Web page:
Giving new meaning to “green” transit
One of the slides I've prepared for an upcoming presentation to the North Carolina chapter of the American Society of Landscape Architects juxtaposes these two images to show how a trolley or light rail line might be made greener, literally:
On the left are trolley tracks in San Francisco; on the right is a design for the proposed Atlanta Beltline project.
In the US, we tend to think of public transportation as inherently green, which of course it is compared to our addiction to driving. It becomes even more so when old diesel buses are replaced with models running on natural gas, or even on the cleaner diesel engines of current technology.
But in Europe they are way ahead of us. Check out these light rail lines in Strasbourg (left) and The Hague (right):
A couple of years ago, the British urban design magazine Monocle published an article (expensive subscription required!) highlighting 25 design examples of what, in their opinion, makes a city great. I wasn't quite willing to shell out the $100 or so apparently required to access the article, but it was the subject of a story in the now-defunct International Herald Tribune. Here's part of what the article had to say:
"It's not necessarily the billion-euro development, star-architect-designed gallery or shiny new ferris wheel that makes locals feel good about their town. Monocle believes that the measure of a city is more about everyday wonders - pavements, well-designed schools, punctual transport - rather than one-off, grand projects. Here's our list of the top 25 urban elements that make the city . . .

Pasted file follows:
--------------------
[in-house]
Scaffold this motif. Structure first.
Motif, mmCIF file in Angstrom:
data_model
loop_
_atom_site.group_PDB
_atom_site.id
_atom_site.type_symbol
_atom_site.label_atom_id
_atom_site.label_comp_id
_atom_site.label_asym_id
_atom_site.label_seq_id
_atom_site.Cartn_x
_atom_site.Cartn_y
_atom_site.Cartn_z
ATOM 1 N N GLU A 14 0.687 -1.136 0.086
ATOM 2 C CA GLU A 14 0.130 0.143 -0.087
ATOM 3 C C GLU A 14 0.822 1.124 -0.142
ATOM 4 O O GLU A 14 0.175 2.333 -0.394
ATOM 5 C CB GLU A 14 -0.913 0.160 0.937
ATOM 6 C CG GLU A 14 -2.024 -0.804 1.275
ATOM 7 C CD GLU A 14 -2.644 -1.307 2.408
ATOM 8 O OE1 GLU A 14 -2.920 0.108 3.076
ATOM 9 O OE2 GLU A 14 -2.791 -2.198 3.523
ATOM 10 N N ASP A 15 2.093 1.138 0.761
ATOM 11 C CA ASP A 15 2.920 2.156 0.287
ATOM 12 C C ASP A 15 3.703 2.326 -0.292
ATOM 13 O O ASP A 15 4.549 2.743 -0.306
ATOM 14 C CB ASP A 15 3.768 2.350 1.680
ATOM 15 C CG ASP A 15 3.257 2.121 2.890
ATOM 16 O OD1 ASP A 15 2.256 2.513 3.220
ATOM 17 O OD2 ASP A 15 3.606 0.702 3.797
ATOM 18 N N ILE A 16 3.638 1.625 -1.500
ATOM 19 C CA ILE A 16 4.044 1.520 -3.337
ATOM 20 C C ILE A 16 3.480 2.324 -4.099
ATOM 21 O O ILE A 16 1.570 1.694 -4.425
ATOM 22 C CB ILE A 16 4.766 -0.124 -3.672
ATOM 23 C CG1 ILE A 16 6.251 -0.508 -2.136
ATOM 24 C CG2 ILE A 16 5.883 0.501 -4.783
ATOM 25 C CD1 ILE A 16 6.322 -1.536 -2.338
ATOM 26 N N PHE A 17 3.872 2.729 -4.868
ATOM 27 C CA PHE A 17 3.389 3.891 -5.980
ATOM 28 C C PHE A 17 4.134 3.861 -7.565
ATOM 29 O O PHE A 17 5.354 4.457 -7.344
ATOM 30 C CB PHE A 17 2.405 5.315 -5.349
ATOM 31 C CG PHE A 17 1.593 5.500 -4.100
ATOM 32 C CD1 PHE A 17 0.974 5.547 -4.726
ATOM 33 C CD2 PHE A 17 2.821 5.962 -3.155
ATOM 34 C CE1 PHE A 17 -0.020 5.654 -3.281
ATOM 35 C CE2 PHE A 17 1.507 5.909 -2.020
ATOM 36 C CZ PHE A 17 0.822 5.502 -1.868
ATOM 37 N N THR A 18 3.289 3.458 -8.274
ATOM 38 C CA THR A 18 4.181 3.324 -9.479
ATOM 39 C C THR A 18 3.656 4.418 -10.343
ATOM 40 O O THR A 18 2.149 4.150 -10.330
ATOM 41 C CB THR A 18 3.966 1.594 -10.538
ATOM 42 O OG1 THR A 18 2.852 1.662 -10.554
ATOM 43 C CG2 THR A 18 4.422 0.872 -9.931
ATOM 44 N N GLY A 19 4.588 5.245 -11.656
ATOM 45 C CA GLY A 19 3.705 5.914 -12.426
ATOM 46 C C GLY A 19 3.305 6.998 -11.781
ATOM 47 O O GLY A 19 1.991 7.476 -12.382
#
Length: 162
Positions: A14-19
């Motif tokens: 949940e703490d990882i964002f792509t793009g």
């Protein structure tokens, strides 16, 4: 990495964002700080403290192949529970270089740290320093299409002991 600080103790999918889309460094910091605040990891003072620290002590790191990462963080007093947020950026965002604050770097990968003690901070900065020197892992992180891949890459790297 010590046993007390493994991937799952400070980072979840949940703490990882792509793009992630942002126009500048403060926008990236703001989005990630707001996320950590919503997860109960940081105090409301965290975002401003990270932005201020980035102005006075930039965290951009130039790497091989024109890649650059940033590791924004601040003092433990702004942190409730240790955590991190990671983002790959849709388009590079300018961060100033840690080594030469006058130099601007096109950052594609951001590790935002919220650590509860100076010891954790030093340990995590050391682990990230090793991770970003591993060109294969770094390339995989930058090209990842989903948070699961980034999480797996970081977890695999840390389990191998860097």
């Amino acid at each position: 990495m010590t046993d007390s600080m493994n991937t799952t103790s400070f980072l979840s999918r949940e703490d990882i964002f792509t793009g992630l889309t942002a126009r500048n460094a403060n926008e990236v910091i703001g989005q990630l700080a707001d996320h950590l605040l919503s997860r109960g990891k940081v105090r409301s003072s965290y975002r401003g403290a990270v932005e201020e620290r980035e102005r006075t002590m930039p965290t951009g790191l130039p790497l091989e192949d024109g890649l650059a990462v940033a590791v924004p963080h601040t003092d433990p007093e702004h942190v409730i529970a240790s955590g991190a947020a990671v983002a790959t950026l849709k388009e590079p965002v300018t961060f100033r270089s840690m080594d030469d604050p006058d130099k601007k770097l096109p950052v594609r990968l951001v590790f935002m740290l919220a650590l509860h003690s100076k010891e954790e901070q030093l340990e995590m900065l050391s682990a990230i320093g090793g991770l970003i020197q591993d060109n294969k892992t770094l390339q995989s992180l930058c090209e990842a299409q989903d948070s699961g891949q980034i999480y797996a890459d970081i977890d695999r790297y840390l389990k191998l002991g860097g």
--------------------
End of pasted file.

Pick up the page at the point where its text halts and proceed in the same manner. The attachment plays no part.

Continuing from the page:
"There's something quite magical about watching trams in Barcelona, Strasbourg or Frankfurt glide silently along beds of grass as they do their city circuit. Where possible, this attractive combination of efficient public transport and inspired landscaping should be standard as part of the urban fabric . . ."
Some more images, from (I think) St. Etienne, left, and (definitely) Bilbao, right:
Green rail beds don't just soften the sometimes-harsh edges of the urban fabric; they also absorb stormwater and reduce the heat island effect that can come with asphalt and concrete (green roofs do the same). Here are images from near Paris (left) and in Lyon (right):
I think this would be perfect for the new Purple Line in Montgomery and Prince George's Counties in Maryland, especially since there will be an adjacent bike/recreational trail in the corridor. C'mon, planners, what do you think?
Kaid Benfield writes (almost) daily about community, development, and the environment. For more posts, see his blog's home page.
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